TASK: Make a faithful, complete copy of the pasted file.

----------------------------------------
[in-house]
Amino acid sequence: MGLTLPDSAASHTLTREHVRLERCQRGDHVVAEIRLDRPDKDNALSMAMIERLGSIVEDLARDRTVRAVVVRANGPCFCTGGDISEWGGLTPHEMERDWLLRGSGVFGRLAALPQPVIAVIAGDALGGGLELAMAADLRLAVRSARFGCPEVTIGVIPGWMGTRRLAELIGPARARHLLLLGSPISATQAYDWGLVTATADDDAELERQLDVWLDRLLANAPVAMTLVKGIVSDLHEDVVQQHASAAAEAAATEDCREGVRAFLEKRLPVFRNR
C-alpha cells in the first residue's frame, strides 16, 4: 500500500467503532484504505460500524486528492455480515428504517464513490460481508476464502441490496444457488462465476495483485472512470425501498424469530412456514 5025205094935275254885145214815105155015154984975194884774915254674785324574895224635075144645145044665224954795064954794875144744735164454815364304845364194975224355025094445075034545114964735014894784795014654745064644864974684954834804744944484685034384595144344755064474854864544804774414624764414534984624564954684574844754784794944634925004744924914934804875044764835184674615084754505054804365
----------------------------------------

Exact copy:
[in-house]
Amino acid sequence: MGLTLPDSAASHTLTREHVRLERCQRGDHVVAEIRLDRPDKDNALSMAMIERLGSIVEDLARDRTVRAVVVRANGPCFCTGGDISEWGGLTPHEMERDWLLRGSGVFGRLAALPQPVIAVIAGDALGGGLELAMAADLRLAVRSARFGCPEVTIGVIPGWMGTRRLAELIGPARARHLLLLGSPISATQAYDWGLVTATADDDAELERQLDVWLDRLLANAPVAMTLVKGIVSDLHEDVVQQHASAAAEAAATEDCREGVRAFLEKRLPVFRNR
C-alpha cells in the first residue's frame, strides 16, 4: 500500500467503532484504505460500524486528492455480515428504517464513490460481508476464502441490496444457488462465476495483485472512470425501498424469530412456514 5025205094935275254885145214815105155015154984975194884774915254674785324574895224635075144645145044665224954795064954794875144744735164454815364304845364194975224355025094445075034545114964735014894784795014654745064644864974684954834804744944484685034384595144344755064474854864544804774414624764414534984624564954684574844754784794944634925004744924914934804875044764835184674615084754505054804365